Guacamole... the thought of it either makes people grimace ("Eww, green mush??") or salivate. I have to admit that I've only recently converted to the latter category. On a business trip a couple of years ago to Atlanta, we ate at a Mexican restaurant near our hotel. My coworker adamantly insisted that we order the guacamole, which was assembled table-side. I set aside my guaca-phobia and ate a bite; after all, I was raised with the idea that you should take "one big Girl Scout bite" of everything. And... I was in love. The creamy sweetness of the avocado, the slight heat of the chiles, and the tang of lime juice melded together into a heavenly, well-balanced blend.
But among the guacamole eaters of the world, the recipes vary greatly. What type of chile should be used? Is it okay to substitute lemon juice for lime juice? Cilantro or no cilantro? What about other add-ins? What about consistency?
I'm no authority figure on the subject, but I like to think that my recipe is pretty tasty - and also adaptable. My guac is sans-cilantro, but you could easily add it in, or have a small bowl of chopped cilantro on the side, so that guests can add the herb to their own serving if they wish. I'm a strict lime-juice only girl because I prefer the flavor, but if you like lemon the swap can certainly be made. (I might use slightly less lemon juice, since it is more tart than lime juice.) And I'm certainly no purist; I tend to throw in tomato, garlic, and/or bell pepper, depending on what looks good at the market. I like a chunky guac, so I mash it so that about 60% is smooth, and 40% is still chunky.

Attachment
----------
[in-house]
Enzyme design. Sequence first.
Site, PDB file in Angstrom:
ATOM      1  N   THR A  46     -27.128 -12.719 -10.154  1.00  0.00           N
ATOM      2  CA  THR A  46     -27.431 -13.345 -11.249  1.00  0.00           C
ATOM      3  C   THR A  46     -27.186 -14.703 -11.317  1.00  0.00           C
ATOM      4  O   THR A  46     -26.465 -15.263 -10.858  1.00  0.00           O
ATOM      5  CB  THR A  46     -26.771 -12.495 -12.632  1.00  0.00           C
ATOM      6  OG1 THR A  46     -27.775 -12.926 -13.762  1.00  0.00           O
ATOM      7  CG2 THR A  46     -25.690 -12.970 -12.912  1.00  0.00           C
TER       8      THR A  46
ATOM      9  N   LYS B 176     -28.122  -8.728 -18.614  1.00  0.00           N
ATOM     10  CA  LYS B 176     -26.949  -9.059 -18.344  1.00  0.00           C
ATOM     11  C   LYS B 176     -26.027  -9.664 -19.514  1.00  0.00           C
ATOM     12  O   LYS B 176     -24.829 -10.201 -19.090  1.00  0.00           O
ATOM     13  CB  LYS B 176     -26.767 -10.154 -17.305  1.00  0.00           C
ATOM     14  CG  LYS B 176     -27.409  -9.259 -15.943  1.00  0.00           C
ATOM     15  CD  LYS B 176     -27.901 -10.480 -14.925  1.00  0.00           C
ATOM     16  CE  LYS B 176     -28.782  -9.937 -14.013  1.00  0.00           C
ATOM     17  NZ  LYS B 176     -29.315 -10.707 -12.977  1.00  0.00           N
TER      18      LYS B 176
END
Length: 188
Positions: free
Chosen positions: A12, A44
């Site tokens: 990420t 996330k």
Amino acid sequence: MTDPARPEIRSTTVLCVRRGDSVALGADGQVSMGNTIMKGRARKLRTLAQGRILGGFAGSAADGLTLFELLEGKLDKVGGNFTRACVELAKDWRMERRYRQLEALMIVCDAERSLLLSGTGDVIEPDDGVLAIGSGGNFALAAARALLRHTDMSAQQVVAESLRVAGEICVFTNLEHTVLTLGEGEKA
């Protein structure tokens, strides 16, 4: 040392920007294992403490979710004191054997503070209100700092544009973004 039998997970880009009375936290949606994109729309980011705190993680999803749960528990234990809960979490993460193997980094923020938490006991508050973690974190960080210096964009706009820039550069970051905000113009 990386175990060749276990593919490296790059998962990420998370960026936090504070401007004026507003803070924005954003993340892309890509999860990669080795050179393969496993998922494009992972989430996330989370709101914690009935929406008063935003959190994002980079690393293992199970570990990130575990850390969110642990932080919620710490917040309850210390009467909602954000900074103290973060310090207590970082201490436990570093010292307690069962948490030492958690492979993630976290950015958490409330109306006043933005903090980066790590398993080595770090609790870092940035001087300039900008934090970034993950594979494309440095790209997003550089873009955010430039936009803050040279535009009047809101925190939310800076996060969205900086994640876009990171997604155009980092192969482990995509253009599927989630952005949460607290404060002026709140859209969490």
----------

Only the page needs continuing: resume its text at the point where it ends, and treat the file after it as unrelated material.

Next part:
So, here's my take on this delicious green dip. Enjoy!
Click here for printable recipe
3 medium avocados
12-14 grape tomatoes, or one medium tomato of your choice
1/3 c. sweet onion, diced
1-2 jalapeño chiles
Juice of 1 lime
Salt & Pepper
Halve the avocados, being careful around the large pit. (Twist the two halves to free one half of the avocado from the pit. To remove the pit from the other half, whack the pit carefully with your knife. The knife should embed lightly into the pit; give the knife a gentle twist to free the pit from the fruit.) Score each avocado half into 1/4” to 1/2” sections, making sure to get through the flesh but not the skin, and scoop from the skin with a spoon. Transfer into a medium bowl. Add the lime juice to the avocado and mash with a fork to desired consistency.
Finely dice jalapeno, removing ribs and seeds. Dice the grape tomatoes. Add both, as well as sweet onion, to avocado mixture. Stir well to incorporate. Season to taste with salt and freshly ground black pepper.
TIP: Disappointingly mild chiles? Add a dash of cayenne pepper.